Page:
I love an operating system. How weird and geeky and sad.
But geekdom has it’s benefits: HTC recently sent me its new Droid DNA to review, and while it doesn’t turn me away from my Windows Phone obsession, it does tempt me. And that’s saying a lot.
First, there’s the technical mumbo jumbo: the DNA has a quad-core processor, Android 4.1 Jelly Bean, 4G LTE, an incredibly clear and vibrant 5-inch screen, and a pretty seriously rockin’ camera. It’s also pretty nifty looking. Black with red stripes. Cool rubberized grip. Very macho. (And very different from the elegant and understated windows phone 8x). Oh, and very thin – 0.38 inch thick. The phone also boasts a 2-megapixel front-facing camera that can shoot video in 1080p HD.
For those of you who don’t speak techno-ese, I’ll explain: super fast, latest insides (on the general market), massive screen, awesome photos and videos. And cool looking. (that wasn’t in techno-ese the first time, but it still bears repeating. It’s that slick.)
Fast doesn’t begin to describe this phone. It turns on fast, switches functions fast, and searches the internet at lightning speed. If only it ran Windows OS, I’d love it!
But that’s not really fair. The truth is, once you are used to one OS, it’s hard to adjust to another, and I for one, don’t find the Android system all that intuitive. Here’s what I like: endless customization options for your 5 home screens (though so many can be confusing — less can sometimes be more), more apps than you could ever need, including a mobile hot-spot app that comes in very, very handy more often than you’d think. Here’s what I don’t like. While this particular phone, the DNA, is a beautiful piece of hardware, the OS is still the same, unattractive, little icons smushed on a screen Android. Windows is so pretty!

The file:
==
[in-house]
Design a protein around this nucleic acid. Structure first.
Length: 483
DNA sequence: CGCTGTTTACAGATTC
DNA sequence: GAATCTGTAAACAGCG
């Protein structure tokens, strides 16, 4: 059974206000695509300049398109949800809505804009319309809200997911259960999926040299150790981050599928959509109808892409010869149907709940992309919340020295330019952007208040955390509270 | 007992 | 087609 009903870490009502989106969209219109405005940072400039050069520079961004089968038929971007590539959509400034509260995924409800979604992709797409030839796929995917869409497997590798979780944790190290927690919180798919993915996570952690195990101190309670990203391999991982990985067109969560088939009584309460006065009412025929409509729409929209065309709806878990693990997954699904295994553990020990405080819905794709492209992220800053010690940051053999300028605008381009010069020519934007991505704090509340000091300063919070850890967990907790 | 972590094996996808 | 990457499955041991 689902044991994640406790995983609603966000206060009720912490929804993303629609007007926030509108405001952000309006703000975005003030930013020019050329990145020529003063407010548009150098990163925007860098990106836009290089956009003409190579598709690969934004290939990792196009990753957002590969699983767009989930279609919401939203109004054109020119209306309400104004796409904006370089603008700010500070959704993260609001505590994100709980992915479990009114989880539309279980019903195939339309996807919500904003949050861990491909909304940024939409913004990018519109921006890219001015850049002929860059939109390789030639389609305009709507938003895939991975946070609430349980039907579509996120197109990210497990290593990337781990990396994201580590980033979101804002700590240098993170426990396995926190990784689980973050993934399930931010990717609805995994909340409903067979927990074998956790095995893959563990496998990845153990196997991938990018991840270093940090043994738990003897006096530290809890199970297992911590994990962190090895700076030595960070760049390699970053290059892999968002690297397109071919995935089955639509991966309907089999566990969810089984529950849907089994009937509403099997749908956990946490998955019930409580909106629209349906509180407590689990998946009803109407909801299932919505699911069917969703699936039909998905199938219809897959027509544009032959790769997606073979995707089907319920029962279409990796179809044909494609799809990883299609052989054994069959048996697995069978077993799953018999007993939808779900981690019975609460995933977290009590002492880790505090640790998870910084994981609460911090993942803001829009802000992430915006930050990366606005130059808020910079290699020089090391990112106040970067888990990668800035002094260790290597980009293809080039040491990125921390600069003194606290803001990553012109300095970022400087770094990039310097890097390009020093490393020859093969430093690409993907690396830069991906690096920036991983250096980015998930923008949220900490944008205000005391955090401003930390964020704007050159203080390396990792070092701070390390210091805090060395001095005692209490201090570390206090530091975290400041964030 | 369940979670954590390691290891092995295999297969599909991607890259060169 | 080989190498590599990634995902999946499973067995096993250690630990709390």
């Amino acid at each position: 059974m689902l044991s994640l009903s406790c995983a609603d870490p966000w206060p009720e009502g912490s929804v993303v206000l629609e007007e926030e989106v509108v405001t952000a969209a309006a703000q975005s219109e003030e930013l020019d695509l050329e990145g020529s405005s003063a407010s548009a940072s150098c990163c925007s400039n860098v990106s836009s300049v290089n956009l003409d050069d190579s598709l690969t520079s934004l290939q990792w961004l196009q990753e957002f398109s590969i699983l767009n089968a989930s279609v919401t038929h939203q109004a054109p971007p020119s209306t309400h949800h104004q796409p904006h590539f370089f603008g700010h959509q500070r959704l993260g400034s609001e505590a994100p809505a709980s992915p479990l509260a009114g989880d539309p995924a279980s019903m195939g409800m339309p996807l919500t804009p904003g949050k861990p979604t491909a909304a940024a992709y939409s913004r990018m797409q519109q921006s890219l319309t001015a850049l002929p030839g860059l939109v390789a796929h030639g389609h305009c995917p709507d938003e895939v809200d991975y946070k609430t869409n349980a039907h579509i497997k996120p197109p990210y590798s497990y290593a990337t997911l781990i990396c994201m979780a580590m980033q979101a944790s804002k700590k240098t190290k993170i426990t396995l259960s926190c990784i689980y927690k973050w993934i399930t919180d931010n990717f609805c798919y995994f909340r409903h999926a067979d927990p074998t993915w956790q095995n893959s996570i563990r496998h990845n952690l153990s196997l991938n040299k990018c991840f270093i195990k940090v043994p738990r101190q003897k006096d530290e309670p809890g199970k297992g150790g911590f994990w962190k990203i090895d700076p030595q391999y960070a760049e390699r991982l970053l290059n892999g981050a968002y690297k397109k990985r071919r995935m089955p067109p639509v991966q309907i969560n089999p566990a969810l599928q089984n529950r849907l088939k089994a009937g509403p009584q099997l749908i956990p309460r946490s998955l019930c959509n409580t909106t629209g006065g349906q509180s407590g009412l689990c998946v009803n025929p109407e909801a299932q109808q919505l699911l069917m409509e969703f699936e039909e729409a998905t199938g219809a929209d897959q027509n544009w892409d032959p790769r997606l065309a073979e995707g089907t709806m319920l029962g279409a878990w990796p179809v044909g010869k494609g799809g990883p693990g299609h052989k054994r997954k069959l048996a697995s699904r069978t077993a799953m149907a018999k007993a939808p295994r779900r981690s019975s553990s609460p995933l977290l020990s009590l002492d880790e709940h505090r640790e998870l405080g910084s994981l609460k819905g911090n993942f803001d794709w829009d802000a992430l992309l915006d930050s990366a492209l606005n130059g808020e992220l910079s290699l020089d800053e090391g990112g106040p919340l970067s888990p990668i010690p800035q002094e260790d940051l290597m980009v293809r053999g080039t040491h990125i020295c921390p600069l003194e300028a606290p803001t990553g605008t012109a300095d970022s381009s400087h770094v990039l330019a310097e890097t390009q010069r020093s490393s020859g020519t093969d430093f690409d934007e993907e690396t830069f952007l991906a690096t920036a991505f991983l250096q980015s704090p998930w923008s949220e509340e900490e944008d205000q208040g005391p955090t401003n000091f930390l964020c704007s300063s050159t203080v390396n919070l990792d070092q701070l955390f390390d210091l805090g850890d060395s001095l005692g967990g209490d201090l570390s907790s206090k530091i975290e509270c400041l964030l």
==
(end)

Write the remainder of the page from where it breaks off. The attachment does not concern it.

When it comes to performance – the DNA is fast, takes great photos, has a super crisp screen. But I’ll stick with my Windows Phone.
All bets are off, however, once the HTC One comes along. At the press conference for that phone last week, I was struck by just how similar to – yes – Windows
Phone – the interface was. Plus, it features livestreaming content, a proprietary photo app, front facing beats sound (the DNA has beats sound too. Impressive), Sense Voice to filter out ambient noise during a phone call, a camera that cares more about light (300% more) than megapixels (as well it should) plus, well, it’s pretty. Miraculously, it’s also pretty much the only cool phone I’ve seen that’s going to be available for Sprint, the carrier I am oh, so, painfully married to until some date in 2014, when I will hightail it over to Verizon.
But for now, sorry Droid, I’m still a Windows Phone girl.